The task is to join two overlapping pieces of 22 gauge steel, but they
will have to come apart once in a while, and one side is not accessible
when closed. Would sheet metal screws be alright here?
There will be a neoprene gasket between the steel pieces, and I'm
thinking that may help to hold things together in the presence of
vibration. This for a motorcycle chaincase I'm constructing.
"Jim Stewart" wrote: I wouldn't trust them on a bike. Try welding or
brazing nuts to the back. (clip)
I agree. Furthermore, after they have been removed and retightened a few
times, the holes will begin to enlarge, and possibly release. Threaded
pop-rivets might be an easy way to make the threaded holes.
Please explain a bit about threaded pop-rivets. I've not heard of them. Do
they leave a threaded nut on one side, or a threaded screw; or maybe a
threaded member on each side.
Bob (pop rivet is an oxymoron) Swinney
Not really pop-rivets. what you want are called "Rivnuts".
They fit in from the near side, and the tool draws the threaded far
side towards the near side, expanding a section in between. They often
have a rib which gets oriented in a notch cut from the hole to prevent
rotation if you don't pull it down tight enough.
You *can* pull them down with a stud in a pop-rivet tool,
thought there are much better tools for the purpose.
You can find some sizes at MSC, and perhaps some tooling, but I
go to eBay for this.
Here is an auction which has some steel Rivnuts in several
and here are some more:
They come also in aluminum, typically with a greenish finish, though I
have seen plain aluminum. Here are some of them:
As for the tooling to install them -- here is an example of the
kind which I prefer:
Pull out on the mushroom head on the end of the handle, hold the Rivnut
on the screw at the other end, and push the mushroom back. This will
run the screw up inside the Rivnut. Place the Rivnut in the hole
(orienting it properly if there is an anti-rotation rib) and squeeze the
handle to set the nut. Then pull on the mushroom again to unscrew the
tool from the Rivnut. (Note that for a given size of Rivnut, a given
grip range, and a given thickness of sheet metal, you have to adjust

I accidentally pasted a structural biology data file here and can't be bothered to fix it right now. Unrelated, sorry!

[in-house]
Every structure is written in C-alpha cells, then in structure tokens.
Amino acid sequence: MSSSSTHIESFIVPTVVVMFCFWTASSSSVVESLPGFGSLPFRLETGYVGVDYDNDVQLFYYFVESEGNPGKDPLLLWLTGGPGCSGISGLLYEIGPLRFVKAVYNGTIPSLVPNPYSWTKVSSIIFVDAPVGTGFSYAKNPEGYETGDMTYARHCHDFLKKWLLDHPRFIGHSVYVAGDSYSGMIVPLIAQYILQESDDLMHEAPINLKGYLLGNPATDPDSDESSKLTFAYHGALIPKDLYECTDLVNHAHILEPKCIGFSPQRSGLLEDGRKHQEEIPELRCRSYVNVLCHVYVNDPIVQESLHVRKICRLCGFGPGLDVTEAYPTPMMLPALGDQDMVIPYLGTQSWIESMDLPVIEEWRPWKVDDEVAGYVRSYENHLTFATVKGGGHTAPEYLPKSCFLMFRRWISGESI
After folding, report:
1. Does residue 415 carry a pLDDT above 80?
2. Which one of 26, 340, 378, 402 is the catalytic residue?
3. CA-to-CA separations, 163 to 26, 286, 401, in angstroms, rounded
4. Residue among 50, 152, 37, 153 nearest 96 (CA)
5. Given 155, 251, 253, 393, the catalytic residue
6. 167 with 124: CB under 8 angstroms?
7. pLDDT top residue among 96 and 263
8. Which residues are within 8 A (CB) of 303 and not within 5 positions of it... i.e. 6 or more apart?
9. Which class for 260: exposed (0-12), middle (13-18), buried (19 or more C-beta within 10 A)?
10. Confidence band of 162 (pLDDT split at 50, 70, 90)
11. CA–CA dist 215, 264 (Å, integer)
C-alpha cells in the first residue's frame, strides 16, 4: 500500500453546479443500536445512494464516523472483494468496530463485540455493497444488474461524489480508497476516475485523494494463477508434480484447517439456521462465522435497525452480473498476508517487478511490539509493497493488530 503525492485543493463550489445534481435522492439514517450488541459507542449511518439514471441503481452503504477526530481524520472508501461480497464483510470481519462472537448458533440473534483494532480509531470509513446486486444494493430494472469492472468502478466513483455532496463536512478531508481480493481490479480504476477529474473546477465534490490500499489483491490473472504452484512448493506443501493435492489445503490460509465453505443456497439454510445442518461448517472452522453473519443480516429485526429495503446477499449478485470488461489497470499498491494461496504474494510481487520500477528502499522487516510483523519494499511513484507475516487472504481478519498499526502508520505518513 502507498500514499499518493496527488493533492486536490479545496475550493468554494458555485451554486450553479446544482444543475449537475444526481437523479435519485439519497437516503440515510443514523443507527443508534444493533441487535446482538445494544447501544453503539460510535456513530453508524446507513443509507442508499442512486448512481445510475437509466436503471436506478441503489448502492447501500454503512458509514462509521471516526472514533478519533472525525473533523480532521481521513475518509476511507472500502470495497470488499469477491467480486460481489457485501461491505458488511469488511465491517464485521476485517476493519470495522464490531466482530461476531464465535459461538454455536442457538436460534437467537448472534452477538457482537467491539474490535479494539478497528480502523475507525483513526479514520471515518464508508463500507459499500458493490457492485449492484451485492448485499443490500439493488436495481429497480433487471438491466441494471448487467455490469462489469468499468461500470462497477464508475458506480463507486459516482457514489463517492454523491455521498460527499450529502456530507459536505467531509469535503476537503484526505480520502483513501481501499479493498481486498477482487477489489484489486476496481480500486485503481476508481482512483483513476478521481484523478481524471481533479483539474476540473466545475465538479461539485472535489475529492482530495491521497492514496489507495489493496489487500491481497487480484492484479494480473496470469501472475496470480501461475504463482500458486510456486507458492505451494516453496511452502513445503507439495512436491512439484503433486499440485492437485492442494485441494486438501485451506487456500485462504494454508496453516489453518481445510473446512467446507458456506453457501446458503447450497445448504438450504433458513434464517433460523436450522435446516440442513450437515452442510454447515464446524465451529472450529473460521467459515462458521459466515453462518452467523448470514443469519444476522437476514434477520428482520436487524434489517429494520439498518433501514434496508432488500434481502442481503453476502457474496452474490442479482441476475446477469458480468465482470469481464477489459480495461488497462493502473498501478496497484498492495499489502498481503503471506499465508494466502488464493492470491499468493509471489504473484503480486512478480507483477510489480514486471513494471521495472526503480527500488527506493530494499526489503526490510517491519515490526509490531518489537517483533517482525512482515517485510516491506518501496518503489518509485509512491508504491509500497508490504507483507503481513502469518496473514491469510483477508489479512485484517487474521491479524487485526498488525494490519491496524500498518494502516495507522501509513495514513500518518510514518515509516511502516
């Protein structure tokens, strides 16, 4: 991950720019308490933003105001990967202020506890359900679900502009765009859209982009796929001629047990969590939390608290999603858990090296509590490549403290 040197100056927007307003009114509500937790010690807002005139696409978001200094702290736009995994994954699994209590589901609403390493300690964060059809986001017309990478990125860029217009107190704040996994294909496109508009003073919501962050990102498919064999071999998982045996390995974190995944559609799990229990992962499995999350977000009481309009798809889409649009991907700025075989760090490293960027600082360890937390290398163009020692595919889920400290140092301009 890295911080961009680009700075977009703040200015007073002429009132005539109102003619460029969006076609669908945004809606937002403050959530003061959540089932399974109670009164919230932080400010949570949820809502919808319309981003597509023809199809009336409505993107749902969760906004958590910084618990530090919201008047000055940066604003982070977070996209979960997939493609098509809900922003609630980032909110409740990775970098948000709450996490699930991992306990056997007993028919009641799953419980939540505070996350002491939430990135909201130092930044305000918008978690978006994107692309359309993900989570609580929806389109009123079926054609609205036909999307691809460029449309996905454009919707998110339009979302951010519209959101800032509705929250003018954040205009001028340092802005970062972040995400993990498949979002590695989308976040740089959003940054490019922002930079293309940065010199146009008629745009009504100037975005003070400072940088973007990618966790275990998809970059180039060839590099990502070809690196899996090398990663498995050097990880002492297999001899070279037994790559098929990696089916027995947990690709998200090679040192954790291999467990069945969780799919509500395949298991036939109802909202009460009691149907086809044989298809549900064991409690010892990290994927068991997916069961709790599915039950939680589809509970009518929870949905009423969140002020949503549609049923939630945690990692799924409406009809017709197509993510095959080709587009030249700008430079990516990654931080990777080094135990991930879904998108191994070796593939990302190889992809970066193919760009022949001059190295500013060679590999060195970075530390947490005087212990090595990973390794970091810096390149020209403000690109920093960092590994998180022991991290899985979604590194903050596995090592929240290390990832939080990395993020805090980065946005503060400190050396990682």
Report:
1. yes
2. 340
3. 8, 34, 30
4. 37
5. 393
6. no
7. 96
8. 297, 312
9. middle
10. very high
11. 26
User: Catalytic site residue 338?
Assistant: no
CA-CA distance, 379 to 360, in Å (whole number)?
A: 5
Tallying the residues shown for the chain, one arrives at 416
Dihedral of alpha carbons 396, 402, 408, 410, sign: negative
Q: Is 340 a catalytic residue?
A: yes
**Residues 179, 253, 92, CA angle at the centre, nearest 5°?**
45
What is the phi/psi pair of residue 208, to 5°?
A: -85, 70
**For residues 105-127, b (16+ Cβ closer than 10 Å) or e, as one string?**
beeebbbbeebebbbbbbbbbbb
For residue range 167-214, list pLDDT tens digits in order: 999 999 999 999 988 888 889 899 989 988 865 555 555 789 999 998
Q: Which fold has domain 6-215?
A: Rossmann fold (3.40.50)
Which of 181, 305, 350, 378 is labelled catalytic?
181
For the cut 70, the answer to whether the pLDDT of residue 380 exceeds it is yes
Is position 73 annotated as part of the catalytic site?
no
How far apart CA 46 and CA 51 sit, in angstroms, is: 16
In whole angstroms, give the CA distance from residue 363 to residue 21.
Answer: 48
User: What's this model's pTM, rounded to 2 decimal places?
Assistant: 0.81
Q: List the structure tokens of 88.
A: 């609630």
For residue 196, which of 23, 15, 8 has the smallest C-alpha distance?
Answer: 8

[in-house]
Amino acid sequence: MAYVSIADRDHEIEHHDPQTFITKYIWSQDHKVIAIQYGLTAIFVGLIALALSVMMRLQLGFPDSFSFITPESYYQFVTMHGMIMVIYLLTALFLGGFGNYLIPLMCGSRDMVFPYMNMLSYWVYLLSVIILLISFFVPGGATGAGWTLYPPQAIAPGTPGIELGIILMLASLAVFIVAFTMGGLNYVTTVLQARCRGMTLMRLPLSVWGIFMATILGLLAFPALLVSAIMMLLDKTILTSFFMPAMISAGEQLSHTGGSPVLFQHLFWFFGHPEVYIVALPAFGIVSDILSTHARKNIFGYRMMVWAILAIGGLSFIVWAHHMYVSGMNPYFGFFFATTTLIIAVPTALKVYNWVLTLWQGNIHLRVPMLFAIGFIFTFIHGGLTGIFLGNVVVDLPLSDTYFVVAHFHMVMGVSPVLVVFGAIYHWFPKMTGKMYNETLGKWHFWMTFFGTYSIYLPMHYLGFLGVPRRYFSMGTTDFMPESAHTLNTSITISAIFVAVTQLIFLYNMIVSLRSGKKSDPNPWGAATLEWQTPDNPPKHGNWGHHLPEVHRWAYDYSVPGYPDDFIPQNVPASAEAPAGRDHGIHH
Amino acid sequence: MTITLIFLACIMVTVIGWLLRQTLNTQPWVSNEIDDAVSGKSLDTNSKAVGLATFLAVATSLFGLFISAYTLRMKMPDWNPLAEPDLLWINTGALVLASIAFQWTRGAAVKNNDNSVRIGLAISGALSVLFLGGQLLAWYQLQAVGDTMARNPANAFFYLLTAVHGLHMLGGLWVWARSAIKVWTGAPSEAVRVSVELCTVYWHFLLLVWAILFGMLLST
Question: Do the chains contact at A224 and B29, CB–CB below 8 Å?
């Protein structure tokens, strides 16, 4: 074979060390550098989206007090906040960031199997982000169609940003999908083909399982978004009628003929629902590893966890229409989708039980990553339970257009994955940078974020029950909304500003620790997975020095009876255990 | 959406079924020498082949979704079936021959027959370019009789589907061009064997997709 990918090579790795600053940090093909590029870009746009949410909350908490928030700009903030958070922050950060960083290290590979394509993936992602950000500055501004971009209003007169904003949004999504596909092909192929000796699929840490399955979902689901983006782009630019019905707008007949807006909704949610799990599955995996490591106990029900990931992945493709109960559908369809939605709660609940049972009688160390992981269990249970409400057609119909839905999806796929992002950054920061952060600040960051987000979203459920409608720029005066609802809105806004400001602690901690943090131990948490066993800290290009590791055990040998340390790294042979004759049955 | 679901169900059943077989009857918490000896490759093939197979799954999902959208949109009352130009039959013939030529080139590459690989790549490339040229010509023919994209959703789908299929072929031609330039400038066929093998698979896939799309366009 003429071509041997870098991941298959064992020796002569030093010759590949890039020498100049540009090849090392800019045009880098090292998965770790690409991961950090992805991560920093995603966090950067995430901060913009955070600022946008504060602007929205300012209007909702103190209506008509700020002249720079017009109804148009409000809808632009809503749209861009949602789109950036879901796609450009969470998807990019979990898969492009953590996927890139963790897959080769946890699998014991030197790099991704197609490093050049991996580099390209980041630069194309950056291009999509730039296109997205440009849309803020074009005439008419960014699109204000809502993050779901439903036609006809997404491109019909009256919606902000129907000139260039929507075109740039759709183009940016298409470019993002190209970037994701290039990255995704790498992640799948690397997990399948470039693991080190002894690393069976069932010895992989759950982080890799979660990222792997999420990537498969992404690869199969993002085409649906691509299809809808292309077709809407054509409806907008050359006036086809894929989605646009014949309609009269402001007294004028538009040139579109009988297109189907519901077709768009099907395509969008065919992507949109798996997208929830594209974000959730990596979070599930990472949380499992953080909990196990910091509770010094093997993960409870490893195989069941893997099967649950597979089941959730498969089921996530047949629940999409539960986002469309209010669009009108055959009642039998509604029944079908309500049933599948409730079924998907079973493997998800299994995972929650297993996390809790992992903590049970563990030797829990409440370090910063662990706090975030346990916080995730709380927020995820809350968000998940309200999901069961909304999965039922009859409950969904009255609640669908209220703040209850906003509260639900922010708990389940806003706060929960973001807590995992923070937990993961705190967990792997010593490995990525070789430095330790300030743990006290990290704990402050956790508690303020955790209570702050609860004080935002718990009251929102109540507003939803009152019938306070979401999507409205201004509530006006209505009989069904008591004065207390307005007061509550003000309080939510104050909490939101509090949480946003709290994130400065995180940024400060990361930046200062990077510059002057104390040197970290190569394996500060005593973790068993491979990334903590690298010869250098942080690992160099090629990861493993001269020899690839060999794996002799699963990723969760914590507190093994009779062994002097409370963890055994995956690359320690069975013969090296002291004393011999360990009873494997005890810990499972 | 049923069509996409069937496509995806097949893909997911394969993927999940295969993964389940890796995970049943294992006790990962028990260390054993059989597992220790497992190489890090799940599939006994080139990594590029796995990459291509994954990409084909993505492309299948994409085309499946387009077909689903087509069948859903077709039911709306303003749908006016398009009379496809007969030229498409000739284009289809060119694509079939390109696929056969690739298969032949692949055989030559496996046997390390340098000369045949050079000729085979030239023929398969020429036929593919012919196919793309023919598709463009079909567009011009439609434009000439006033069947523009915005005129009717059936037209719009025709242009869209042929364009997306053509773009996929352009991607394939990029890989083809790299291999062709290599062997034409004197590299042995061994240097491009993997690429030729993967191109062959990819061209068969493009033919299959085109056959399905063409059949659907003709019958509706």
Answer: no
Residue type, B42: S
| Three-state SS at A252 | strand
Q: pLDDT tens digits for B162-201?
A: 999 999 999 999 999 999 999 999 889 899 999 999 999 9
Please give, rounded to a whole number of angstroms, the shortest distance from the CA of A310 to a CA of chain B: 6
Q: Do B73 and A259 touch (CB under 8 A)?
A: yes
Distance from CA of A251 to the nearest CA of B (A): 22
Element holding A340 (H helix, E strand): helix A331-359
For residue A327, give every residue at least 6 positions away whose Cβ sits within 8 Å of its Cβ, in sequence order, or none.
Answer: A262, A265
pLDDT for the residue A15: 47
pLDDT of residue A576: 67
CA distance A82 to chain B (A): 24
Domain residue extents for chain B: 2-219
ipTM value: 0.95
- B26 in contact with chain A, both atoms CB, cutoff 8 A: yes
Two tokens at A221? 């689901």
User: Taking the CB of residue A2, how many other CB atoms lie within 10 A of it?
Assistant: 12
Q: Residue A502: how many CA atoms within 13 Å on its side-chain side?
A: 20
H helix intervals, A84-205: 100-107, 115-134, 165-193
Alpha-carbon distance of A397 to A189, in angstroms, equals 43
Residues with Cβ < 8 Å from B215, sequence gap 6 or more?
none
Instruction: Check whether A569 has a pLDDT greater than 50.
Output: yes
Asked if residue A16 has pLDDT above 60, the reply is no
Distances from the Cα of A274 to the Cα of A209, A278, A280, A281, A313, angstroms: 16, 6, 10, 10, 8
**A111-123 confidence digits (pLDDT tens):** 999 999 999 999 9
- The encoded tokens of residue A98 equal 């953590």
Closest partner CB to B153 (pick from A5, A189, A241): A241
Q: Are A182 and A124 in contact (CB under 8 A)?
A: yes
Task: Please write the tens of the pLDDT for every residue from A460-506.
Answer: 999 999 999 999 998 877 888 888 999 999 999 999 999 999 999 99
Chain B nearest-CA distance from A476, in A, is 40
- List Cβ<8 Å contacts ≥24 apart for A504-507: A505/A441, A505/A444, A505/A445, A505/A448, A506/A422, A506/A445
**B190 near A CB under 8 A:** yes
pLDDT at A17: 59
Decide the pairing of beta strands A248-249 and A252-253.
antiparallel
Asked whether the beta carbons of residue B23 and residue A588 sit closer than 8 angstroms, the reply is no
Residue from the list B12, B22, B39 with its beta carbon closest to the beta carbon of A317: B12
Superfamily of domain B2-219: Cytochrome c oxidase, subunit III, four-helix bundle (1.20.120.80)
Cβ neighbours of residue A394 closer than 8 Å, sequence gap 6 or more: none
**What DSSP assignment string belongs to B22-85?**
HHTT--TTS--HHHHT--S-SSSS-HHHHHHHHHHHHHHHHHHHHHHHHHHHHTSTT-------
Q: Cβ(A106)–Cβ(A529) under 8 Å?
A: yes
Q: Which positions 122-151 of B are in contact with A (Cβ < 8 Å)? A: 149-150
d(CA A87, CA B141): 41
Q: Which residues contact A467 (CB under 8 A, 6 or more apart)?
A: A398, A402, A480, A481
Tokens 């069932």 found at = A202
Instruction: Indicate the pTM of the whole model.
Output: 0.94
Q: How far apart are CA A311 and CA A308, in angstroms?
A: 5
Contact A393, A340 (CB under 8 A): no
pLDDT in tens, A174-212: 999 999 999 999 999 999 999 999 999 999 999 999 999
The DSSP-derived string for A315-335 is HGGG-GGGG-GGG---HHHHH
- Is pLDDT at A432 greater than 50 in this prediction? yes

the threaded sections of the nose anvil to get it so it sets properly --
not too loose, and *especially* not too tight, which can rip out the
threads from the inside. With experience, you can develop a feel so you
won't strip them without adjusting, but this is meant as a production
tool (though there are air-powered tools for faster production), so it
can be set so the full squeeze does it right.
Each one of these is for a single size, so be sure to get the
one to match the screw size which you wish to use -- or collect them
all. That particular style ranges from 4-40 through 1-4/20, along with
a corresponding set of metric ones, which are much less common.
There are similar tools (tubular handle with lever to actuate)
which will notch for the orientation/anti-rotation ridge. They will not
have a mushroom handle, and they, also, will be for a specific size.
You *can* rebuil these for different sizes with kits of parts,
but I find it more convenient to have one of each size on hand.
There is a smaller one which is drawn up with a wrench, but it
does not appear in my searches today. I have a few of these (6-32,
8-32, and 10-32 IIRC) for use where there is not room for the
mushroom-handled tools -- but they are slower.
The air-driven one looks really nice at the moment, but it has
over six days to go, and already has several bids. :-)
I also have a hand-pumped hydraulic one, for pulling up the
larger steel Rivnuts.
However -- there are cheaper designs, which I personally would
avoid, which show up regularly. Here is an example of what I avoid:
Note that I have no financial interest in any of these auctions,
though I may have purchased from some of the vendors in the past.
Email: < email@example.com> | Voice (all times): (703) 938-4564
(too) near Washington D.C. | http://www.d-and-d.com/dnichols/DoN.html
I really don't think so. And when they do fall out, they'll end up in
your or somebody else's tire... I have a snowblower that manages to
shake several sheet metal screws free every winter and by spring
they're all in my wife's tires!
Carrol Smith's book shows a variety of captive nuts and nutplates. For
what you're doing (which is non-structural, right?) I think pop-rivets
would be fine too.
No. Sheet metal screws are a one-time deal. If removal and replacement
is contemplated, go for another solution. They are also not to be
trusted where there is vibration. And their sharp points will be
waiting to savage an unwary mechanic's hand, even yours.
Maybe, but not much.
Use captive nuts, or nuts brazed to one of the pieces. Or a long thin
strip of metal with holes drilled and tapped at suitable intervals.
Think about using cheese-head screws with holes drilled for locking
wire. Or put the screws through and braze their heads to the side
that's inacessable when assembled and run castellated nuts or
nylon-insert locknuts on from the accessable side.
I would use "riv-nuts", "thread-serts" or similar. See:
Nut plates are higher quality, possibly overkill for your present
application but if you use them it's well worth taking the time to make
the tool shown in
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